In the newest video of The Medical Futurist Youtube channel, I describe 9 examples.
Lift Labs designs a spoon that can cancel the tremor for Parkinson’s disease patients while they are having their meal.
The Wright Stuff offers a range of products that makes getting dressed easier for anyone who has lost the use of one of their hands. The company has Dressing Sticks, one-handed belt, sock aids, they even one-handed nail clippers for people.
Wearable cameras and augmented reality glasses could help patients with Alzheimer’s disease. These gadgets can snap hundreds of photos every day from their user’s perspective logging their lives this way.
Tablet-based applications such as Speak For Yourself put vocabularies of 13,000 words within a few touches on a screen. Plus, as the sound quality is improving, the voice becomes more and more natural.
MC10 develops a Biostamp that is thinner than a band-aid, and it has the size of just two postage stamps. It can be attached to any part of the body and the sensors monitor temperature, movements, heart rate, all these vital signs which can be transmitted wirelessly to an application, for example.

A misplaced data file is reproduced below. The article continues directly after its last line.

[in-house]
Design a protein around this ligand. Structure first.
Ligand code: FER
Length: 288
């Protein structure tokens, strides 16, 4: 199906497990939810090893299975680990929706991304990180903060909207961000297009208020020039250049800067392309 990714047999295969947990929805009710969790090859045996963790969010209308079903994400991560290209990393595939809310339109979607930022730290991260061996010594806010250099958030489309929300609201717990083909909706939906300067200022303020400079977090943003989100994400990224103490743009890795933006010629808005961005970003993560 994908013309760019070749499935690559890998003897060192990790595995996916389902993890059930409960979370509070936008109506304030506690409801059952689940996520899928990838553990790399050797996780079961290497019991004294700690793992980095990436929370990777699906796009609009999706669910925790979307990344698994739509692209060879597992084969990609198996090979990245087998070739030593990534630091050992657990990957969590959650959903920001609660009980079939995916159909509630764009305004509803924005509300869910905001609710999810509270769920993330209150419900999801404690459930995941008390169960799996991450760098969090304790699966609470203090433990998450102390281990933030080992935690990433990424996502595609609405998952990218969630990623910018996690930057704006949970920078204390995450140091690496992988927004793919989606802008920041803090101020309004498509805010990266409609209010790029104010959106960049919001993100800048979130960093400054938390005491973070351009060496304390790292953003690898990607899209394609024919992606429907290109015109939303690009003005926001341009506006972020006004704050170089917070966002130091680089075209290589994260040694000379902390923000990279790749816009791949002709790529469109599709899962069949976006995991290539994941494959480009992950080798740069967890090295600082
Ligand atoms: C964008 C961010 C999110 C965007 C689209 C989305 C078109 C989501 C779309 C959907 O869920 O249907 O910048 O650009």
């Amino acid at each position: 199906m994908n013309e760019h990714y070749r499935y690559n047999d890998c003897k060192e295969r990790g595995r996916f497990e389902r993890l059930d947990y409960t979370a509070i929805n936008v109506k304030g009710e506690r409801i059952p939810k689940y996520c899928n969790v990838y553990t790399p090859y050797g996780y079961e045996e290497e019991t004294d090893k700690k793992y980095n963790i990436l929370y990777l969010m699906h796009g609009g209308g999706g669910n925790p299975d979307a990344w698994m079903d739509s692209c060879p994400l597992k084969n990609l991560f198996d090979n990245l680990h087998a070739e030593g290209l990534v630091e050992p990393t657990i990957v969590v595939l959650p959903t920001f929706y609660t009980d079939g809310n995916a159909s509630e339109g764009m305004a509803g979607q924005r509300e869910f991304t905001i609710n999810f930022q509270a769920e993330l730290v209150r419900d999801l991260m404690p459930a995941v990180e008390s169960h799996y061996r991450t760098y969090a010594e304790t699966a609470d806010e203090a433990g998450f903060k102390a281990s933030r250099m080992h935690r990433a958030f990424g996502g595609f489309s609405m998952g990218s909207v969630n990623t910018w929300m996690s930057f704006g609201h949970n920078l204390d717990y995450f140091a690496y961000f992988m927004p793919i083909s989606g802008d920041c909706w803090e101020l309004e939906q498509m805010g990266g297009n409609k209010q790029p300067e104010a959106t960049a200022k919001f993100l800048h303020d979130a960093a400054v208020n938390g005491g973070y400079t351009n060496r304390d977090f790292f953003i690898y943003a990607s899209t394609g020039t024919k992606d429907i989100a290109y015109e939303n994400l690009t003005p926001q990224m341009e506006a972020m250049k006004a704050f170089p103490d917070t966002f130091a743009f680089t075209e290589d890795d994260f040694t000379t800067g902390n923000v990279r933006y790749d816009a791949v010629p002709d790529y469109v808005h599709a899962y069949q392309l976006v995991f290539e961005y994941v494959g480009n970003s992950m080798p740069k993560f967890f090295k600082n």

Even little ideas matter. A German senior center implemented the idea of using fake bus stops to prevent Alzheimer’s disease patients from wandering off. Because their short term memory is not intact, but while the long term memory works fine, therefore they know what the sign means and they stop. It is a huge success in Germany, now they want to bring it to several clinics.
Devices could be used for fall prevention to make sure when a patient falls down or there is an emergency situation, this sign could be transmitted wirelessly to the local clinic or hospital.
A company called Ybrain has built a wearable device based on neuroscience technology to specifically target brain regions using electrical signals that aim to reduce the symptoms of degenerative brain diseases like Alzheimer’s disease.
A company called GTX Corp developed a smart shoe with which patients can find the way home and they can orientate quite easily while walking around the street.
It’s time to significantly improve the lives of Alzheimer’s and Parkinson’s disease patients. If you know about other examples, technological solutions or gadgets, please share those!
Read more about the future of disease management in my recent book, The Guide to the Future of Medicine!